A few days after the release of his second album “weird!”, Dominic Harrison, a.k.a YUNGBLUD, sat with us to talk about his career, his projects for the future and his love for his generation!
How are you doing? How does it feel to have your album finally out to the world?
YUNGBLUD: I just can’t fucking believe that it’s out! It’s like an emotional journey that I’ve been on for ages. Now it’s out and people are loving it and finding their own journey within it. And I’m just screaming all the time, I’ve been like: “AAAAAAAAH” for 5 days, everyone’s sick of me in the house.
Were you nervous? Excited?
YUNGBLUD: Absolutely all of this, I was excited, I was frightened. I wanted to create an album for the weirdest years of our lives and help people with this album and tell the fucking truth. I think that’s why I wasn’t as scared as I thought I would be because this album is just full of truth, it was my statement. If people disagree with me, cool, but this is what I believe and this is what I have to say. It’s about people that I’ve met all over the world and I wanted to write music for a reason, not on an agenda.
What are your fans saying about the album? And the media?
YUNGBLUD: I listen to the fans. I don’t really pay attention to some of the media because they can be mean and some of them are quite outdated. A lot of older rock magazines have all the old men with the beards and I don’t like it very much, because I think they’re just sitting at home watching all the internet porn. The problem is they can’t understand the connection between the artists and their audience because it’s different to the way it was before. But new things are happening now and we’re loving it. I have so much faith in my generation. This is why this album is fire. Because I feel them, and I feel so connected, and I feel like I belong somewhere. When you figure out you belong somewhere for the first time it’s like you got lungs. It’s like: “holy fuck I can finally breathe”.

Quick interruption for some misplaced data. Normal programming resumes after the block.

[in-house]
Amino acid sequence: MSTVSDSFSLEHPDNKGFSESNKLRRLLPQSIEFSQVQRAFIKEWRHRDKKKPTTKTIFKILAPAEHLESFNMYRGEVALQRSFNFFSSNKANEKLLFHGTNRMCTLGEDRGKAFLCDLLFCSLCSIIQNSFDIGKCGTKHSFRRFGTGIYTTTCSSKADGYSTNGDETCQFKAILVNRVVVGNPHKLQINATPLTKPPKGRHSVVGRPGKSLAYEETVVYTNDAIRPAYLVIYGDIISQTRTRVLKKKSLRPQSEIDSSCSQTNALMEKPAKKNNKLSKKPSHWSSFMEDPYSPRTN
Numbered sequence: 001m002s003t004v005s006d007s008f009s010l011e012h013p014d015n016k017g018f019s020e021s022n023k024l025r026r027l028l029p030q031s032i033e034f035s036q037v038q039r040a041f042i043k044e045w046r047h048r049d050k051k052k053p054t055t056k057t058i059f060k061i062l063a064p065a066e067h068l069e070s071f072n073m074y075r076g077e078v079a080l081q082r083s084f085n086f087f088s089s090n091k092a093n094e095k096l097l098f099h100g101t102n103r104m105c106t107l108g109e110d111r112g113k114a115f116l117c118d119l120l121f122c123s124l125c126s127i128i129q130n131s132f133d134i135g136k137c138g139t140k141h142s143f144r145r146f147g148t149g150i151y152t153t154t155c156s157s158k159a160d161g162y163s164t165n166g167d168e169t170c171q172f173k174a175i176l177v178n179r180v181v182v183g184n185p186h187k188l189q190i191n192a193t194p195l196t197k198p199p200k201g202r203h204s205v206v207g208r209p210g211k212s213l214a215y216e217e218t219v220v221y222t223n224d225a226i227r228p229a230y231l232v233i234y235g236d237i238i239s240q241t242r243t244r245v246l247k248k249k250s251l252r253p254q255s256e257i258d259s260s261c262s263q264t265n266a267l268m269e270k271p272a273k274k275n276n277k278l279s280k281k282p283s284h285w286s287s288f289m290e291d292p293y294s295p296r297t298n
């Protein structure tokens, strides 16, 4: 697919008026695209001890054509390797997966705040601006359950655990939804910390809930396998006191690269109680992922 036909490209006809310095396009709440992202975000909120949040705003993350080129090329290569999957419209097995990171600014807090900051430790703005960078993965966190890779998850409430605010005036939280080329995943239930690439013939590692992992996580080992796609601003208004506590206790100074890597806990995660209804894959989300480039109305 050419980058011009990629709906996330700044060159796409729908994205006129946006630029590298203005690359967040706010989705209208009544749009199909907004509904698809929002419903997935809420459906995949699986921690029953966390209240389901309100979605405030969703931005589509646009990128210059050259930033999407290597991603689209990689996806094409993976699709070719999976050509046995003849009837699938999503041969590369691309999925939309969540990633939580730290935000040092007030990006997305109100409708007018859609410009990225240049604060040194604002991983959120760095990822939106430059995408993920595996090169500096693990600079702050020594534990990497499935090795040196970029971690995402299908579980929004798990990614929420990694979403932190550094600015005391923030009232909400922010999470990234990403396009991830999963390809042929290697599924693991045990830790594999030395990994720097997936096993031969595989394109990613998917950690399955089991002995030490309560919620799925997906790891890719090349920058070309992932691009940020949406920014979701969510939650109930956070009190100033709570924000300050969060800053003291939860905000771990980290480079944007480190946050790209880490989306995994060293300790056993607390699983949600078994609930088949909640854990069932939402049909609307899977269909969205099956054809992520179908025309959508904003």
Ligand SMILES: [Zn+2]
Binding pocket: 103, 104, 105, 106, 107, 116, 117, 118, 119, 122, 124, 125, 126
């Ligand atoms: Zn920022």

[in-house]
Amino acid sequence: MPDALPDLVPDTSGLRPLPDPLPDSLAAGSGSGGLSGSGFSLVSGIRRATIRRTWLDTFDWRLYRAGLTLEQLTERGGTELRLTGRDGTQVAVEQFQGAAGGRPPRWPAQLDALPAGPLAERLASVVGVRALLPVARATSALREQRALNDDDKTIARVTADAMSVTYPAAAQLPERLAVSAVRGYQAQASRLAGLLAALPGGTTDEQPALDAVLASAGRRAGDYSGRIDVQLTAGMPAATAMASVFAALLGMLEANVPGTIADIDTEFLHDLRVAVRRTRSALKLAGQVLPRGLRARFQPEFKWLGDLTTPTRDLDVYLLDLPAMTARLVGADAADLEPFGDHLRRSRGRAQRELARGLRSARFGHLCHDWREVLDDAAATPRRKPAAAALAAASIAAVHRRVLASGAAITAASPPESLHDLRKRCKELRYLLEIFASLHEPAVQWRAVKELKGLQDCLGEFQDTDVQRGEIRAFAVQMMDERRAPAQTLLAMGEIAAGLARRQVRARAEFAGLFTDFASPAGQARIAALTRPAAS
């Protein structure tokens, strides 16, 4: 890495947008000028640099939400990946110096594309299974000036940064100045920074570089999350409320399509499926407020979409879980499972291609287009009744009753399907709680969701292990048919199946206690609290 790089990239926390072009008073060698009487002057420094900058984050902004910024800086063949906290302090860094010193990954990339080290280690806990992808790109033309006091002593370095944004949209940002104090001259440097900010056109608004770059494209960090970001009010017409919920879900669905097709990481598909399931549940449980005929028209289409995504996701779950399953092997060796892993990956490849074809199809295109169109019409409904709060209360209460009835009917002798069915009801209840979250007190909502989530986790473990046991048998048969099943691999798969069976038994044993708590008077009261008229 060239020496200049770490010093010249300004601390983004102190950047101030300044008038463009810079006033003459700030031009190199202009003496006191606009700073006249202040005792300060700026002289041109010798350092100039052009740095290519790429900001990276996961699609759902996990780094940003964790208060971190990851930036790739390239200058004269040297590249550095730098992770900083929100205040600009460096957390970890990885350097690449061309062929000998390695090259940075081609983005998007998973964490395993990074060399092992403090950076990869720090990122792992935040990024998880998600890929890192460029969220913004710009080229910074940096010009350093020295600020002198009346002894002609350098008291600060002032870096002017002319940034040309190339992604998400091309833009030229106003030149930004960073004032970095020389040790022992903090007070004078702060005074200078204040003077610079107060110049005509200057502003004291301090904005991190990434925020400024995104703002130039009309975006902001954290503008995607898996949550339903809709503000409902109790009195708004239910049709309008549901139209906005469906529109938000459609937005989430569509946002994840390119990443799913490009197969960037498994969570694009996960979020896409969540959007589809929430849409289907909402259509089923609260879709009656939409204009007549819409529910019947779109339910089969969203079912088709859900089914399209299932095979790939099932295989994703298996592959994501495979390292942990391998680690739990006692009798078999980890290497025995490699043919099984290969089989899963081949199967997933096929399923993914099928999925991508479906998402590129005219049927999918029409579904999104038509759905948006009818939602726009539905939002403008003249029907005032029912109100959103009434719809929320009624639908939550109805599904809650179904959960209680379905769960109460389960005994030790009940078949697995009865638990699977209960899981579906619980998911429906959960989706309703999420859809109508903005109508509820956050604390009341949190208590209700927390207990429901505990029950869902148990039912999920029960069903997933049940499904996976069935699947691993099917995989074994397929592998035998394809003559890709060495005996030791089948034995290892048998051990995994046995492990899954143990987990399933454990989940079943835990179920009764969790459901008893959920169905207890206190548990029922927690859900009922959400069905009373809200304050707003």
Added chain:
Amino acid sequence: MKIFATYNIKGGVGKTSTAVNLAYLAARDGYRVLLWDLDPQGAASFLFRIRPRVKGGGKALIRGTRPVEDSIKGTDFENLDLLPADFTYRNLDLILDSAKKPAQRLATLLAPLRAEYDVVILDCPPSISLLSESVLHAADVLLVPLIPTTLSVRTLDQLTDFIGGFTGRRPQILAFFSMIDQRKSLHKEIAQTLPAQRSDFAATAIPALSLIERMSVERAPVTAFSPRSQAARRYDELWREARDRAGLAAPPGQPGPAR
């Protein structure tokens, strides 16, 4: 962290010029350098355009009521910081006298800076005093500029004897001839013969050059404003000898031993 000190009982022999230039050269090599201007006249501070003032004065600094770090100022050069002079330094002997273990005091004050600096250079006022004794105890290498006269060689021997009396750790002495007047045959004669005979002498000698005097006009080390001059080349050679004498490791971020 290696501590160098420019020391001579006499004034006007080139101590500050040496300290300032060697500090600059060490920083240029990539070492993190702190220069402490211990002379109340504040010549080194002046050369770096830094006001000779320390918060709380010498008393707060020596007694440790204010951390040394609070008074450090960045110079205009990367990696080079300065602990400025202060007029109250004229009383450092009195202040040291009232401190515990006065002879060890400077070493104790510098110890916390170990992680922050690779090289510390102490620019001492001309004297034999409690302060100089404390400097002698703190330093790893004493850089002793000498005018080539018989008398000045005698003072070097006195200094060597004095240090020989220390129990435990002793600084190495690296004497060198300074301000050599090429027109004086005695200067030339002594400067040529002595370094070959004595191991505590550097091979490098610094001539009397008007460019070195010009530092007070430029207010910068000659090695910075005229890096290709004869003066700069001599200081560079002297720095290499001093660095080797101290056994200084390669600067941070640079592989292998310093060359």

Did you feel any pressure to do “better” than your first album, “21st Century Liability” (2018)?
YUNGBLUD: The thing about it is the label, the industry, they want you to do something more commercial and I just went: “fuck no” and I went like: “Imma just cut the head off of commerciality and put it in my fridge”. I wanted to write an album that was more diverse, more loud, with more statements, less filter, about my fanbase and about my people. Music can have such an agenda right now and a lot of music is saying nothing. A lot of music has about as much charisma as plain water.
I was heavily relating to David Bowie and Amy Winehouse with this record because they told the truth, always. Not everyone is gonna understand this album, because I don’t want everyone to understand it. If you are meant to understand this album, you will. And I think a lot of people could naively go: “let’s make music that is relatable to everyone”. I’m like: “no! I couldn’t be relatable to everyone because to be relatable is to relate to something that someone else might not”. That’s the whole point of it. All I wanted to do was exist in a culture that uplift people through who they are. And yeah, I might dress punky but this album’s got pop, rock, punk, electronic, swing. Everything within it.
Do you think you went out of your comfort zone for this album?